By Heather Wilhelm

A few years ago, when my husband and I lived in the Chicago area, we joined a Bible study group through our church. It was a nice, well-mannered, cordial collection of eight couples who met monthly for dinner and discussion. Upon reflection, our approach was a little unorthodox. After about five to 10 minutes of valiant attempts to stay on topic, we would inevitably drift into wild conversational territory light-years away from the Bible passage at hand. Did I mention we served wine with dinner?

One particularly memorable session, hosted at our house, involved my husband demanding an up-or-down vote on whether or not America was becoming “a fascist police state.” Some people laughed. A few looked horrified. I think I reached for more wine. But as I recall, two voters at that table shot their hands up, ramrod straight, smiles absent, within milliseconds.

I was reminded of the Great Presbyterian Fascist Police State Vote this week when I read the story of Kari Anne Roy, an Austin children’s book author whose recent run-in with Child Protective Services rivals a scene in a George Orwell novel. Roy reports that she let her 6-year-old play outside, by himself, within sight of her house. Within about 10 minutes, her doorbell rang: It was a woman she didn’t know, wearing sunglasses, with Roy’s son in tow. She was “returning” him to safety, served with a side dish of neighborly scorn.

I’ll interrupt this story to admit that I am a bit of a paranoid helicopter parent. I have not yet let my kids play outside alone. However, due to my vigilant training, I would hope that my kids would run screaming from a sunglass-faced stranger getting all up in their business. In this instance, Roy’s son might have been wise to do the same: That “helpful” neighbor ended up calling the police, who visited Roy that same day. Child Protective Services paid a visit the following week.

What unfolded then was a bit of a horror show: A CPS officer interviewed each of Roy’s children, alone. “She asked my 12-year-old if he had ever done drugs or alcohol. She asked my 8-year-old daughter if she had ever seen movies with people’s private parts, so my daughter, who didn’t know that things like that exist, does now,” Roy told Lenore Skenazy, who wrote about the incident at Reason. “Thank you, CPS.”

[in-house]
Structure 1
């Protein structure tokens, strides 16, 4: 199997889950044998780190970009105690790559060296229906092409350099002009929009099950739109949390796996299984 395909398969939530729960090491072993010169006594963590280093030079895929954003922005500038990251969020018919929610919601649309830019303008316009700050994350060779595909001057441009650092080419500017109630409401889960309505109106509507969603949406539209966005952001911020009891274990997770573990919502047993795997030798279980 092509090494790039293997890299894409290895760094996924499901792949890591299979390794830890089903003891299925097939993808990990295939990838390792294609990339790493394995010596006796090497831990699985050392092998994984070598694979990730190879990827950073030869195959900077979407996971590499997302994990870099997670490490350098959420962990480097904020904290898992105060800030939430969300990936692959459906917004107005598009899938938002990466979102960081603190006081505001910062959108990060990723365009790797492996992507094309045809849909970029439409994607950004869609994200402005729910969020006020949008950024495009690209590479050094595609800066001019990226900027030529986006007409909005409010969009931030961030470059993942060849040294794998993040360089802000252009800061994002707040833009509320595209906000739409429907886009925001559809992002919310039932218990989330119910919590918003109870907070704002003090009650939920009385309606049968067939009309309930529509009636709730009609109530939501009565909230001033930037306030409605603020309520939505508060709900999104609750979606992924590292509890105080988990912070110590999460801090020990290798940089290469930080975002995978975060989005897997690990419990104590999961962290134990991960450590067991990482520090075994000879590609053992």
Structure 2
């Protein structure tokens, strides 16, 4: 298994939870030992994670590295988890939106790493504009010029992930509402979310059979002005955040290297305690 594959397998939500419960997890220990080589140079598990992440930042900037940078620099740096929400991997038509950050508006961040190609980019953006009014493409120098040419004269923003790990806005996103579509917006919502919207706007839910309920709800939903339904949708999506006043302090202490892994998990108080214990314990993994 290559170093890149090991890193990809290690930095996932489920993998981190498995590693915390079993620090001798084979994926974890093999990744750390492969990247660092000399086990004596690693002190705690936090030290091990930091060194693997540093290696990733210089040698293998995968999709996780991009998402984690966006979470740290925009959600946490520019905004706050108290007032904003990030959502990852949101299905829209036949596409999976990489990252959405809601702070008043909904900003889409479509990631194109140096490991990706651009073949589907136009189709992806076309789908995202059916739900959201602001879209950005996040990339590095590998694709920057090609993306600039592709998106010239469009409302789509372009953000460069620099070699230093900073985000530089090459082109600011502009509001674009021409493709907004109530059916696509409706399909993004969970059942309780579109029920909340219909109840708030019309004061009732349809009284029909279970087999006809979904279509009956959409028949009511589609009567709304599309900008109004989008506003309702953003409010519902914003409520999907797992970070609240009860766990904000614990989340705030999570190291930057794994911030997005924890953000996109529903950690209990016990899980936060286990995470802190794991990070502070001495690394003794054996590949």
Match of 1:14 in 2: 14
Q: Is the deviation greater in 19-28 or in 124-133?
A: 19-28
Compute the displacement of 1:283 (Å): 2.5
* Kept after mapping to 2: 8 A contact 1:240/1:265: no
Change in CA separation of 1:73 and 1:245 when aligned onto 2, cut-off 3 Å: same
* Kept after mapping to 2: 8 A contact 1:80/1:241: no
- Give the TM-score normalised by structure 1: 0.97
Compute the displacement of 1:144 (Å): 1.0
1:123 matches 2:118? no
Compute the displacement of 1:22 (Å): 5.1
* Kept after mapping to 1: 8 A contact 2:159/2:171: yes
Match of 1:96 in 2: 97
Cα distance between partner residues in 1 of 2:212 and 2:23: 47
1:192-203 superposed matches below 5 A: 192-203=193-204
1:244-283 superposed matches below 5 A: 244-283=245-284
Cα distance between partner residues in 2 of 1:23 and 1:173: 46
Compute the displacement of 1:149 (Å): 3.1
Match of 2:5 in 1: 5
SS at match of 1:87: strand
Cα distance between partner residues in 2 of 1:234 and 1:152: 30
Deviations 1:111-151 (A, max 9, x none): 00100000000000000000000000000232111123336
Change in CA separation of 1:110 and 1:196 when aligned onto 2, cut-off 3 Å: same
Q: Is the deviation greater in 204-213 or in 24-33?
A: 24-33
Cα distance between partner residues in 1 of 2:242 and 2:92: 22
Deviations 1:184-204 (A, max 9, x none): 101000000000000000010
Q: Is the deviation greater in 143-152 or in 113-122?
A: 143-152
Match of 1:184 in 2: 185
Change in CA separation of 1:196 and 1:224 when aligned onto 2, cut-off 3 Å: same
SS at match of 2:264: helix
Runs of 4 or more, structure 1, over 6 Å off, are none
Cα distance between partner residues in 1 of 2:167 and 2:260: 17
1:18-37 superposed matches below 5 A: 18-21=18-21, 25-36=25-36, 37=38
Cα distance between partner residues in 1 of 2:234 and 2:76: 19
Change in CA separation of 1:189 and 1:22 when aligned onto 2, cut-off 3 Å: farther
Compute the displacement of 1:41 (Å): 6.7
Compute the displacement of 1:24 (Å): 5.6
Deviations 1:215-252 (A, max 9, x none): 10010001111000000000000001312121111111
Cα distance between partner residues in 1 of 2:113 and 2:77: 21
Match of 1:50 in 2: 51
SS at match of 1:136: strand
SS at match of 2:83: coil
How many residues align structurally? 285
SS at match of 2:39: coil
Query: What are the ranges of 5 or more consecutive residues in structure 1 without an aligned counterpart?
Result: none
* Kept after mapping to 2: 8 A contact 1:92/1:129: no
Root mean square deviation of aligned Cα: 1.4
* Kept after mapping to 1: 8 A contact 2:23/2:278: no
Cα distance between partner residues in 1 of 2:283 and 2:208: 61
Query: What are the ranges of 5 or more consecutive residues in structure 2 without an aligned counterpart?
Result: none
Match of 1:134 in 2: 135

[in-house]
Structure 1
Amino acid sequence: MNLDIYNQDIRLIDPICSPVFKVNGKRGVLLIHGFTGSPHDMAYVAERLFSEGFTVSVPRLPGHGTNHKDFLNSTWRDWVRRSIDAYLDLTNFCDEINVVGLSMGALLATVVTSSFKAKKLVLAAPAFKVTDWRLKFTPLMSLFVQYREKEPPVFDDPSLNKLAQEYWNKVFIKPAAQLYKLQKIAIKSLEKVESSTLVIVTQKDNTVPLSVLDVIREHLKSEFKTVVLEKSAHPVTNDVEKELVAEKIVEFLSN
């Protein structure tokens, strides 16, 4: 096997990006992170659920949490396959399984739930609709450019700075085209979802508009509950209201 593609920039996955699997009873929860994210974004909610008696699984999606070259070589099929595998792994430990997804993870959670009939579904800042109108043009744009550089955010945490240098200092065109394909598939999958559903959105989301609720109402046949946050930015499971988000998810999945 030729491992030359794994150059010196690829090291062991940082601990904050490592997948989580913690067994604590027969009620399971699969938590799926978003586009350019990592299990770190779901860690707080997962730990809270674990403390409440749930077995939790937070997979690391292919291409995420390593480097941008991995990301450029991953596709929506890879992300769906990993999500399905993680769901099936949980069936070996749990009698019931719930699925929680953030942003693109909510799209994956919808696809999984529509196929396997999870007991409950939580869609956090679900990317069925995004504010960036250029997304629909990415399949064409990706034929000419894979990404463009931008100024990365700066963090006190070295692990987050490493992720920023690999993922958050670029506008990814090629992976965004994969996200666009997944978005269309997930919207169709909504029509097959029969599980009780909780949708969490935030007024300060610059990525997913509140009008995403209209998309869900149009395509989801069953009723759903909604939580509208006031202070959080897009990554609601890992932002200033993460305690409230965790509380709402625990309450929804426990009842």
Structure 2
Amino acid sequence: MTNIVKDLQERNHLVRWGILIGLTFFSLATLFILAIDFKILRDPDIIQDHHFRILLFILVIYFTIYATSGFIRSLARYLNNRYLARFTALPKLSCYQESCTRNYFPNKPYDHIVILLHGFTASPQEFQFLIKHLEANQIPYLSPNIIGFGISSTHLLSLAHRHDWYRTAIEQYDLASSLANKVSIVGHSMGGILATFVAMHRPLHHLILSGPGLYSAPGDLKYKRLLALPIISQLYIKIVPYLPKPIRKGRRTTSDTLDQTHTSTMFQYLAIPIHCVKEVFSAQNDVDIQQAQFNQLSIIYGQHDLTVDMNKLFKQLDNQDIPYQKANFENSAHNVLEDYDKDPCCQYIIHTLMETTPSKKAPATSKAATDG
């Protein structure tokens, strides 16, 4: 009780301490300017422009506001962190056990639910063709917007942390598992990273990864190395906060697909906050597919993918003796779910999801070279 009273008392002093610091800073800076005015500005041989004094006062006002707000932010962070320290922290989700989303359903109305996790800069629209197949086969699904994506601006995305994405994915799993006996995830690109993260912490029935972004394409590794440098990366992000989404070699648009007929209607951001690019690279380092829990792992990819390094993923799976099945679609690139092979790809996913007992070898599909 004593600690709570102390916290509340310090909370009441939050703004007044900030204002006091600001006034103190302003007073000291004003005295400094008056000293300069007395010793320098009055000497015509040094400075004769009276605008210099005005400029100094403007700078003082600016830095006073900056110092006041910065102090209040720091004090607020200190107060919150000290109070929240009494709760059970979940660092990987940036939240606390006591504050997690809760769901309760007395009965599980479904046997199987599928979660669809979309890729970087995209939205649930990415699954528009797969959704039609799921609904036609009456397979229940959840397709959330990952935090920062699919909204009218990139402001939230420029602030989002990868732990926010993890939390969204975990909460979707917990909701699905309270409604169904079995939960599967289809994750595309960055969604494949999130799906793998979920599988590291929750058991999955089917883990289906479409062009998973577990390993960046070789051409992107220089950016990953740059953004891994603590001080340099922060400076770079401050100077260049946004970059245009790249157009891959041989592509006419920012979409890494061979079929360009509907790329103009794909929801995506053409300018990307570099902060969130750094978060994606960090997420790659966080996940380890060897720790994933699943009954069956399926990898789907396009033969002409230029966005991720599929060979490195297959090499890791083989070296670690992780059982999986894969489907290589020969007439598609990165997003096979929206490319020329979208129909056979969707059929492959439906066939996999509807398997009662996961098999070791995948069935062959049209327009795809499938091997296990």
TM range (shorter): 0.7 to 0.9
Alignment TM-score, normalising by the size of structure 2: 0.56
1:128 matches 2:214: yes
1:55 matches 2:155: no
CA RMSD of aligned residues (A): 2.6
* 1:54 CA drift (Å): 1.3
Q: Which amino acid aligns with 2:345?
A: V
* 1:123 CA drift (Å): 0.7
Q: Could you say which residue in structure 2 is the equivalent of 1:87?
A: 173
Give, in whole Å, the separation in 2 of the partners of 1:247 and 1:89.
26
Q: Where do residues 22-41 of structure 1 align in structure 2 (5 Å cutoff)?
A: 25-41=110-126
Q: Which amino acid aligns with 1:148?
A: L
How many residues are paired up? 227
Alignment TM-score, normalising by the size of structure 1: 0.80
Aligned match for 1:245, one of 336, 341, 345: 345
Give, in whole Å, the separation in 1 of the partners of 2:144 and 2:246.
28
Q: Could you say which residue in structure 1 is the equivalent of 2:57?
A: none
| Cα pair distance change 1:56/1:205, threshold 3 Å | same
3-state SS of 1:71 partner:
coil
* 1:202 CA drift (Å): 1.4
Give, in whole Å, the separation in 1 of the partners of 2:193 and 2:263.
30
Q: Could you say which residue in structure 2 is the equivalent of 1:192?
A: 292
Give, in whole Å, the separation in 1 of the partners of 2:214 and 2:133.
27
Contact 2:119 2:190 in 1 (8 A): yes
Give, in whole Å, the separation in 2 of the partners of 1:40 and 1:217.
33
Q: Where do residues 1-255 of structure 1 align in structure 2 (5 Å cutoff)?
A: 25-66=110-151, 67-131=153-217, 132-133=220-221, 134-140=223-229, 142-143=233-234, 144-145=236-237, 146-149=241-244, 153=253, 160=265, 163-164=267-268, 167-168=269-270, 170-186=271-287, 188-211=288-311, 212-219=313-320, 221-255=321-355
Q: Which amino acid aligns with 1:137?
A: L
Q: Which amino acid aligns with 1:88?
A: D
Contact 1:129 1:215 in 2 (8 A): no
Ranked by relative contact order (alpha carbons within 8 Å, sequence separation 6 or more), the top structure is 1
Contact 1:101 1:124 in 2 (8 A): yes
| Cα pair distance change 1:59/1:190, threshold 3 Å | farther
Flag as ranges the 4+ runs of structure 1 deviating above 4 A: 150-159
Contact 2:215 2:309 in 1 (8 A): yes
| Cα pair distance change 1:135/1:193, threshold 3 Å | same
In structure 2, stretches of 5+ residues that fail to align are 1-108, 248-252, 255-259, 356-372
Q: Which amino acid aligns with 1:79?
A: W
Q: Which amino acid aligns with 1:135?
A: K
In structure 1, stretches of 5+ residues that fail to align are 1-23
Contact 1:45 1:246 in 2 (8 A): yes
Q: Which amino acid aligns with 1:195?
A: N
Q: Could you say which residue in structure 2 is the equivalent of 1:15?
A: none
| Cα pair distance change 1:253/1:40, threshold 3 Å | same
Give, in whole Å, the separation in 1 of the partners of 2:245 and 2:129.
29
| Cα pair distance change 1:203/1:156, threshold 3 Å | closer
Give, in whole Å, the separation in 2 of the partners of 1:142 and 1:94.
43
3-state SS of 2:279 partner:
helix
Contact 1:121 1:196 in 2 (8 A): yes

So, there you have it, folks: childhood innocence, shattered, courtesy of your local government. Roy notes that her son cried himself to sleep the night of the incident, fearing that “someone was going to call the police because it was past bedtime and he was still awake”—and hey, after the way his day went, that seems like a pretty reasonable concern. He’s lucky OSHA didn’t show up to examine his blankie for dust mites.

Kari Anne Roy and her family got a very real and very unfortunate introduction to our growing police state. It’s a state that normal people increasingly brush elbows with on a day-to-day basis—and those elbows, it should be noted, are becoming absurdly sharp.

This week, as writer Kevin Williamson noted at the National Review, “Los Angeles Unified School District police officials are considering whether they need the armored vehicle and grenade launchers they received from the U.S. military.” Please, everyone, take the time to re-read and digest that sentence. It is a real sentence. It involves grenade launchers used as back-to-school supplies. How are we not rebelling?

“Answer your own question, lady,” you might be thinking. “You’re the one writing the column.” OK, fair enough. We aren’t rebelling, I would argue, because we’ve slowly gotten used to it. The creeping American police state has made us believe it is normal, not insane.

Reflecting on Ms. Roy’s run-in with Child Protective Services, it’s worth noting that she didn’t know the neighbor who turned her in. If you read up on similar cases, that variable shows up again and again. With this in mind, perhaps the first step to fighting America’s creeping police state—right after reviewing your Fourth Amendment rights—is simple: Get to know your neighbors, and get involved in your community. Friends rarely call the cops as a first resort. Alienated strangers often do—and isolated, atomized communities are often the first to hand over authority to a faceless, overpowering state.


Heather Wilhelm is a writer based in Austin, Texas.

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